WASHINGTON — Mark Zuckerberg put in what amounted to nearly a full workday testifying before Congress about the Cambridge Analytica data leak — stopping the immediate bleeding for Facebook, but leaving unanswered questions about how it collects and controls information on more than 2 billion people.
These were several of the biggest revelations from the CEOs 10 hours of House and Senate testimony Tuesday and Wednesday, and some of the most important gaps that remain:
1) Lawmakers have a heap of ideas for keeping Facebook in check
Congress may be done with ambitious legislating until after November, but lawmakers of both parties had no shortage of suggestions about how Washington can rein in Facebook and other internet companies that have mostly been allowed to regulate themselves.
Some members suggested requiring sites like Facebook to refrain from sharing sensitive data with advertisers until users grant permission. Others called for imposing disclosure requirements for online political ads or loosening the two-decade-old law that shields websites from liability for content posted by users. Still others talked about “algorithmic transparency” — forcing tech companies to reveal the secret proprietary formulas that determine what content they display to users.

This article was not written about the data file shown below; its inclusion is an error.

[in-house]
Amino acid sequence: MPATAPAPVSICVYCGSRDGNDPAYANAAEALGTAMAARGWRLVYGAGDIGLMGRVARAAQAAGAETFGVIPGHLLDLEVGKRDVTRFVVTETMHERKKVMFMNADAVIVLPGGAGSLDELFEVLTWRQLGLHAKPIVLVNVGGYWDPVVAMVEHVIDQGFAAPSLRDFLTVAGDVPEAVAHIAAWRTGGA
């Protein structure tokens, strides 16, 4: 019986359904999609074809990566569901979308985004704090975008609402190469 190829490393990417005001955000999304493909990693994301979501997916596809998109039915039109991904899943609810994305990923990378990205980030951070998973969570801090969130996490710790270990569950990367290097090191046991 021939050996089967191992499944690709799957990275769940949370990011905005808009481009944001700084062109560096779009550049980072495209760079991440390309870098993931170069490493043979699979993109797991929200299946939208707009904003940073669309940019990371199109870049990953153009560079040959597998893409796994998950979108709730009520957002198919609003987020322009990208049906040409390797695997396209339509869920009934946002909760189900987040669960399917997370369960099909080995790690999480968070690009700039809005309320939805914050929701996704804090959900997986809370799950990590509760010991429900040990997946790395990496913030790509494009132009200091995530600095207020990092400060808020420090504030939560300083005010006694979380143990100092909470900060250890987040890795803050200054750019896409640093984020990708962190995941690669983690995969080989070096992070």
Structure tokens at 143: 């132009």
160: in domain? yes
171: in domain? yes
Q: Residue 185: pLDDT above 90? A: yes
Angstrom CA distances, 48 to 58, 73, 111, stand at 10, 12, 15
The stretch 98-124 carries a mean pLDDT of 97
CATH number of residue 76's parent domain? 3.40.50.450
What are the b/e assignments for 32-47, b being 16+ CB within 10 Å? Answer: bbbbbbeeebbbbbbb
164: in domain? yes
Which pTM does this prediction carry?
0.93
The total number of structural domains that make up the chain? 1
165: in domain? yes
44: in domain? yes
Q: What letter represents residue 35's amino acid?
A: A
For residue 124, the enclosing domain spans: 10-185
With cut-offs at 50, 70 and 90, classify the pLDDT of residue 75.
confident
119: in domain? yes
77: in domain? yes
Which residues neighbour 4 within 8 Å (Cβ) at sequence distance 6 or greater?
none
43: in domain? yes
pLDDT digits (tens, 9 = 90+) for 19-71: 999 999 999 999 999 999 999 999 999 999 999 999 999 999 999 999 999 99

Lawmakers, however, didnt coalesce around any of those ideas, which relate to privacy, free expression and other topics where Congress has historically had trouble finding common ground.
“Ive just seen it over and over again, that we have the hearings and nothing happens,” Representative Frank Pallone (D-N.J.), the top Democrat on the House energy and commerce committee, said at Wednesdays hearing.
Several lawmakers urged Zuckerberg to voluntarily apply the European Unions sweeping new set of privacy rules — known as the General Data Protection Regulation — everywhere, including the U.S. But American lawmakers seem far from passing anything close to a homegrown version of those rules.
Still, Congress has shown one strong sign that its willing to come together in regulating the tech industry. At the very moment Zuckerberg was testifying Wednesday morning, Trump was signing a bill — widely disliked in Silicon Valley — that would hold platforms like Facebook accountable for any use of their sites to commit sex trafficking.